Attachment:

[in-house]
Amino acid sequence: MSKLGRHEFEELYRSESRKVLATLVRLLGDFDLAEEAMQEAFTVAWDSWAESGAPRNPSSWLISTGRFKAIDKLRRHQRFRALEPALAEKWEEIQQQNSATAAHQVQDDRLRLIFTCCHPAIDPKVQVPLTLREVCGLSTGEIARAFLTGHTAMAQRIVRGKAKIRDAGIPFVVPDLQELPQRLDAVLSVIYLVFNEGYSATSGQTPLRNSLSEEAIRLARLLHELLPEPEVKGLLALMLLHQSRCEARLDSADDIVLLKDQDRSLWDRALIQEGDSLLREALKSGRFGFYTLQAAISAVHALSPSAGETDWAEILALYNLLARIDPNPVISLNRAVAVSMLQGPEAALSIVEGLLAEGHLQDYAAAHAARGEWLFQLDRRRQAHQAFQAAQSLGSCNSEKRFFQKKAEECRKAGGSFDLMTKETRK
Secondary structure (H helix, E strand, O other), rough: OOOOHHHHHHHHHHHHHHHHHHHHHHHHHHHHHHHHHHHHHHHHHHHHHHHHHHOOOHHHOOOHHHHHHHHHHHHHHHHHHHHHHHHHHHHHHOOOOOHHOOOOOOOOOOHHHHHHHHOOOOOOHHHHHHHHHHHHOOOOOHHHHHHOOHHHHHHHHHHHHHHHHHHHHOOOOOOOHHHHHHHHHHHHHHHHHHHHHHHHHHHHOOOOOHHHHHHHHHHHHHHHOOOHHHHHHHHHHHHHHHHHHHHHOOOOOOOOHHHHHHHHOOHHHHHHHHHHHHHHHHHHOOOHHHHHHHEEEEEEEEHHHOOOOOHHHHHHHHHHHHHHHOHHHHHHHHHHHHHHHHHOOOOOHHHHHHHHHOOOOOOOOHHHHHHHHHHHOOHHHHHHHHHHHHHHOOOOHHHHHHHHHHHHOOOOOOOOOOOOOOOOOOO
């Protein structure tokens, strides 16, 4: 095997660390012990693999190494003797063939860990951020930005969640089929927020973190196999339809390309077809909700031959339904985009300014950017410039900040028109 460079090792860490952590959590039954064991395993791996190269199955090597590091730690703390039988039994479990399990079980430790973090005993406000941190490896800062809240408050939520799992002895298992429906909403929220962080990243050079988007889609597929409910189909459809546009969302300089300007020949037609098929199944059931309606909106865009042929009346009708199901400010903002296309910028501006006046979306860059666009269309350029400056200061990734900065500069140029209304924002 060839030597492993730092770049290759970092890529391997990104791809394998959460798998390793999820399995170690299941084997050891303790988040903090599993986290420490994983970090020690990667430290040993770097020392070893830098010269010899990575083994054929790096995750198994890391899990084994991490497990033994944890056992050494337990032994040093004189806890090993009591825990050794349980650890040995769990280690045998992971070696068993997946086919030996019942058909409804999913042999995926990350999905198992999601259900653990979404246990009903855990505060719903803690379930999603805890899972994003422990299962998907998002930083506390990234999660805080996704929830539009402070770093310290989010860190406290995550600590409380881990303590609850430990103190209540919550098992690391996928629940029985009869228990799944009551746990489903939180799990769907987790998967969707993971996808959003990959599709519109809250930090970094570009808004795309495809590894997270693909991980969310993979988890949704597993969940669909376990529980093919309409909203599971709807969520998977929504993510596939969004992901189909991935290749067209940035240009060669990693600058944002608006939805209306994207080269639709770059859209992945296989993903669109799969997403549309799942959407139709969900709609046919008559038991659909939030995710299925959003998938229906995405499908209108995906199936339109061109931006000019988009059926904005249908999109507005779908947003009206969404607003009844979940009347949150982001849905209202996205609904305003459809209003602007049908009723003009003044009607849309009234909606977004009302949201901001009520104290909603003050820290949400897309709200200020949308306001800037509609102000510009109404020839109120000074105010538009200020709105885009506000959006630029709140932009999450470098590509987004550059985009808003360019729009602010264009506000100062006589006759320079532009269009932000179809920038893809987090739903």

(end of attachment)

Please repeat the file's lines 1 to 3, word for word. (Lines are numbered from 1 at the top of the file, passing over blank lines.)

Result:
[in-house]
Amino acid sequence: MSKLGRHEFEELYRSESRKVLATLVRLLGDFDLAEEAMQEAFTVAWDSWAESGAPRNPSSWLISTGRFKAIDKLRRHQRFRALEPALAEKWEEIQQQNSATAAHQVQDDRLRLIFTCCHPAIDPKVQVPLTLREVCGLSTGEIARAFLTGHTAMAQRIVRGKAKIRDAGIPFVVPDLQELPQRLDAVLSVIYLVFNEGYSATSGQTPLRNSLSEEAIRLARLLHELLPEPEVKGLLALMLLHQSRCEARLDSADDIVLLKDQDRSLWDRALIQEGDSLLREALKSGRFGFYTLQAAISAVHALSPSAGETDWAEILALYNLLARIDPNPVISLNRAVAVSMLQGPEAALSIVEGLLAEGHLQDYAAAHAARGEWLFQLDRRRQAHQAFQAAQSLGSCNSEKRFFQKKAEECRKAGGSFDLMTKETRK
Secondary structure (H helix, E strand, O other), rough: OOOOHHHHHHHHHHHHHHHHHHHHHHHHHHHHHHHHHHHHHHHHHHHHHHHHHHOOOHHHOOOHHHHHHHHHHHHHHHHHHHHHHHHHHHHHHOOOOOHHOOOOOOOOOOHHHHHHHHOOOOOOHHHHHHHHHHHHOOOOOHHHHHHOOHHHHHHHHHHHHHHHHHHHHOOOOOOOHHHHHHHHHHHHHHHHHHHHHHHHHHHHOOOOOHHHHHHHHHHHHHHHOOOHHHHHHHHHHHHHHHHHHHHHOOOOOOOOHHHHHHHHOOHHHHHHHHHHHHHHHHHHOOOHHHHHHHEEEEEEEEHHHOOOOOHHHHHHHHHHHHHHHOHHHHHHHHHHHHHHHHHOOOOOHHHHHHHHHOOOOOOOOHHHHHHHHHHHOOHHHHHHHHHHHHHHOOOOHHHHHHHHHHHHOOOOOOOOOOOOOOOOOOO